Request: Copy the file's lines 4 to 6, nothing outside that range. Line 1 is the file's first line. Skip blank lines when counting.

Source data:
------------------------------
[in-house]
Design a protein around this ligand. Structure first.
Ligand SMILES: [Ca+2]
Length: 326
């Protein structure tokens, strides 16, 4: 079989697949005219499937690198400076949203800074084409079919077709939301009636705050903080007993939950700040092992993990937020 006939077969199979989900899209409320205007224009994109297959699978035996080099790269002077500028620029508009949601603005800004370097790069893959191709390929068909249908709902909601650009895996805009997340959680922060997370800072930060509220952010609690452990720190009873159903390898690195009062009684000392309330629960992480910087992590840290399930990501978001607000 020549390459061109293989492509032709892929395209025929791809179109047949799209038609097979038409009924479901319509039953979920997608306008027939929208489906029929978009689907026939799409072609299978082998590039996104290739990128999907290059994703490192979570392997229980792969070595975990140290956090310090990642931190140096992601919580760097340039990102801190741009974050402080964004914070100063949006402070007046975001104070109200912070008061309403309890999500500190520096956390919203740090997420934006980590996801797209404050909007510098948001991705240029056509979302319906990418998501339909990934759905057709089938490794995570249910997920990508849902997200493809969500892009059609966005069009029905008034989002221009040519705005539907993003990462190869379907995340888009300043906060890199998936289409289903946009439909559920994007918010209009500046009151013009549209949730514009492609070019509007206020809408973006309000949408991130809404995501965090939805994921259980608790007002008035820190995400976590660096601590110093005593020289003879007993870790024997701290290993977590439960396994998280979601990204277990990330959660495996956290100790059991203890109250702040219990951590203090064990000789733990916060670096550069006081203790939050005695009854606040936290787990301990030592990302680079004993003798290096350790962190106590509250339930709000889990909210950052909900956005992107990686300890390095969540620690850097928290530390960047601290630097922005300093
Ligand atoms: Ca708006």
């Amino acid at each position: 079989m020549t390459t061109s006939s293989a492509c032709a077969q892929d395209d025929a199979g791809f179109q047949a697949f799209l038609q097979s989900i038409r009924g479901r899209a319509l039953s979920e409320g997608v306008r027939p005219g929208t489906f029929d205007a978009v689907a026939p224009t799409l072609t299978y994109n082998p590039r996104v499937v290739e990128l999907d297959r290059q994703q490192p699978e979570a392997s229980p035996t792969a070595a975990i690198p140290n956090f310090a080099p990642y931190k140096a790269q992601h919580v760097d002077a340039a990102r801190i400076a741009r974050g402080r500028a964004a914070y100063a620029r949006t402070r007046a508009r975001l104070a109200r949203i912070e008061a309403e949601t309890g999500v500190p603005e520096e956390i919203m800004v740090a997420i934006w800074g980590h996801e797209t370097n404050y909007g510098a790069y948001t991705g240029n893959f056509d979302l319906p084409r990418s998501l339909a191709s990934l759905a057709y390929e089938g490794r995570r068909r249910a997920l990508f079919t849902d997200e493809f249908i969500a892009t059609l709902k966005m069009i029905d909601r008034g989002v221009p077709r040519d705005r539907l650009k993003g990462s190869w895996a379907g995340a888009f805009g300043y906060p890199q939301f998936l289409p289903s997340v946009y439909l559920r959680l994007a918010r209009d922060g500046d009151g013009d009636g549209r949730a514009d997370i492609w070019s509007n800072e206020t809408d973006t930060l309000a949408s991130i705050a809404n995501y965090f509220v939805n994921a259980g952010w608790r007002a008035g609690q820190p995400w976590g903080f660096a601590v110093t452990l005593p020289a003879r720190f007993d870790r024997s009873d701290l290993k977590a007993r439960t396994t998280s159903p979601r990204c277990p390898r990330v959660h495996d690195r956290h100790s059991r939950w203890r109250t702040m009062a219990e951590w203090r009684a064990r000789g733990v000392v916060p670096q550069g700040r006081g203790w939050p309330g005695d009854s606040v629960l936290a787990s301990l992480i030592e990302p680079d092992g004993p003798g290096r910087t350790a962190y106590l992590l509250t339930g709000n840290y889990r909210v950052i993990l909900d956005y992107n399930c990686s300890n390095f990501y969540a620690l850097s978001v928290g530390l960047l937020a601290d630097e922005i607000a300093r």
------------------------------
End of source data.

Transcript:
Length: 326
């Protein structure tokens, strides 16, 4: 079989697949005219499937690198400076949203800074084409079919077709939301009636705050903080007993939950700040092992993990937020 006939077969199979989900899209409320205007224009994109297959699978035996080099790269002077500028620029508009949601603005800004370097790069893959191709390929068909249908709902909601650009895996805009997340959680922060997370800072930060509220952010609690452990720190009873159903390898690195009062009684000392309330629960992480910087992590840290399930990501978001607000 020549390459061109293989492509032709892929395209025929791809179109047949799209038609097979038409009924479901319509039953979920997608306008027939929208489906029929978009689907026939799409072609299978082998590039996104290739990128999907290059994703490192979570392997229980792969070595975990140290956090310090990642931190140096992601919580760097340039990102801190741009974050402080964004914070100063949006402070007046975001104070109200912070008061309403309890999500500190520096956390919203740090997420934006980590996801797209404050909007510098948001991705240029056509979302319906990418998501339909990934759905057709089938490794995570249910997920990508849902997200493809969500892009059609966005069009029905008034989002221009040519705005539907993003990462190869379907995340888009300043906060890199998936289409289903946009439909559920994007918010209009500046009151013009549209949730514009492609070019509007206020809408973006309000949408991130809404995501965090939805994921259980608790007002008035820190995400976590660096601590110093005593020289003879007993870790024997701290290993977590439960396994998280979601990204277990990330959660495996956290100790059991203890109250702040219990951590203090064990000789733990916060670096550069006081203790939050005695009854606040936290787990301990030592990302680079004993003798290096350790962190106590509250339930709000889990909210950052909900956005992107990686300890390095969540620690850097928290530390960047601290630097922005300093
Ligand atoms: Ca708006």